Title: Freedom from a radical point of view
Subtitle: An evaluation of the concept of freedom in Ted Kaczynski’s Unabomber-manifesto
Author: Nils Wadt
Date: January 2015
Source: 360°, January 2015, S. 45-53. <doi.org/10.3224/360grad.v10i1.22618>
Notes: Illustration Lisa Tegtmeier

Ted Kaczynski (also known as Unabomber) argues in his manifesto that technological society is narrowing down human freedom. Based on an analysis of society and human needs, an argument is constructed that pleads for a revolution against the technological system. While his bombings killed three people and injured 23, can we still learn something from his arguments?

When a former Harvard attendee argues for a revolution against contemporary society, what can we learn from his argument? When he justifies several bombings with his conception of freedom, should we not pay attention? How is it possible that a highly gifted man who achieved a PhD in mathematics turns his energy towards cruelty – based on a value that seems to come right from the cultural mainstream – freedom? In 1995, Industrial Society and its Future, written by Ted Kaczynski became popular as the Unabomber manifesto. In this 232 paragraph-long manuscript, he argues that industrial society is consequently reducing human freedom. This is not a result of the actions of the elite or other actors but instead a result of the technological system which became independent of mankind. According to Kaczynski, the only way to achieve freedom is to rebel against the industrial society and overthrow the technological system.

Kaczynski lived most of his life in a remote cabin in the hills of Montana, U.S. - self-sufficiently and apart from society. In my essay I argue that the conceptualizations itself produce the conclusions which Kaczynski is drawing. Though his ideas implicitly rely on important theorists of the social science literature, e.g. Jaques Ellul and C. Wright Mills, his decisive formulation results in his radical position. I will explain why he can start with a widely accepted value like freedom to construct an argument that in the end aims to overthrow contemporary society. The analysis of this manifesto will serve as a critical mirror – to see society ‘from the outside’ on the one hand, and to understand the formation of radical thought on the other hand.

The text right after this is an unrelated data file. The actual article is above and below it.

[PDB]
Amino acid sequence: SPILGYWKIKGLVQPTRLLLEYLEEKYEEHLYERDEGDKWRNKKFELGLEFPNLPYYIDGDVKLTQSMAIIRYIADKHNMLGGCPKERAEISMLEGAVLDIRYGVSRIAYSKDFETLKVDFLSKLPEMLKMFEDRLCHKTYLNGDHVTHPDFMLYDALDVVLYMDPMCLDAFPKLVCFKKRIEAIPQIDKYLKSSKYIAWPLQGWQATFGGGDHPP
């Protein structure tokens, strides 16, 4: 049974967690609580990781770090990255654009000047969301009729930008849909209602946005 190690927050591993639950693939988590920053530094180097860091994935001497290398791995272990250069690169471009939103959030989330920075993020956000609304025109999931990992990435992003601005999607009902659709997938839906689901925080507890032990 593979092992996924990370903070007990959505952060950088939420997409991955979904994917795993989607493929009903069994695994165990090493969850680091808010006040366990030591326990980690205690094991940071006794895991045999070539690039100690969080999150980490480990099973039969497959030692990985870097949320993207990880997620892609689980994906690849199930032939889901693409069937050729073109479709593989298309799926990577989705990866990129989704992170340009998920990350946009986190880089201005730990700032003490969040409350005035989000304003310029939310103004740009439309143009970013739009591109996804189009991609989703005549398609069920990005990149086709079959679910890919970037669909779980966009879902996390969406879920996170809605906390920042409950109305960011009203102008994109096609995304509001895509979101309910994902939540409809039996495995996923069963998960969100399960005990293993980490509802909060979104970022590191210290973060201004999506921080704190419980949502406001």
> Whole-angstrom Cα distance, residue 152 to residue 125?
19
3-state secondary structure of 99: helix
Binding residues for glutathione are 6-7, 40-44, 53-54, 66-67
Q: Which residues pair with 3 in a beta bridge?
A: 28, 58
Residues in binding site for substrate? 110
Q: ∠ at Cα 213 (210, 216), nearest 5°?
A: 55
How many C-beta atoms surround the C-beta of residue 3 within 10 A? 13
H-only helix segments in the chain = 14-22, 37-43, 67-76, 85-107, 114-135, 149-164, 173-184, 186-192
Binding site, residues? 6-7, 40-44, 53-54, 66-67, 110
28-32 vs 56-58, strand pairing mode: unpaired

Industrial Society

To understand Kaczynski’s conception of freedom, it is necessary to provide a brief overview of the theoretical framework in which it is developed. I will illustrate his idea of freedom by explaining the concepts of industrial system, power process and surrogate activity. The industrial system is never defined explicitly, though we can outline the concept based on how it is used in the manifesto. The industrial system is used synonymous with industrial society, the system, and society, it refers relatively broadly to the societal circumstances in which we are embedded. It is made clear that these circumstances are strongly influenced by technology. The word system though, clearly indicates specific properties, for example that it is unified and dividable into functional parts: “Modern technology is a unified system in which all parts are dependent on one another” (Kaczynski 1995: §121). Society is understood as a system in which all parts are inter-related and where it is impossible to permanently change any omit part without changing all other parts as well. Political and economic developments are therefore subsumed under the paradigm of technological necessity, which is considered to be the core attribute of the technologic system. The ‘system’ is divided into functional elements. Let us consider the following quotes:

“The system has to order human behavior closely in order to function.” (Kaczynski 1995: §114), “if the system needs scientists and mathematicians a campaign is run to get young adolescents to study these subjects.” (Kaczynski 1995: §78)

Kaczynski anthropomorphizes the system by using a vocabulary that is connected to human action (“to order”, “to need”). In these sentences above, “the system” is the subject and “human behavior” and “young adolescents” are the objects of the sentence. This grammatical choice inverts the perceived agency and reduces the real agents, humans, to passive and receiving objects.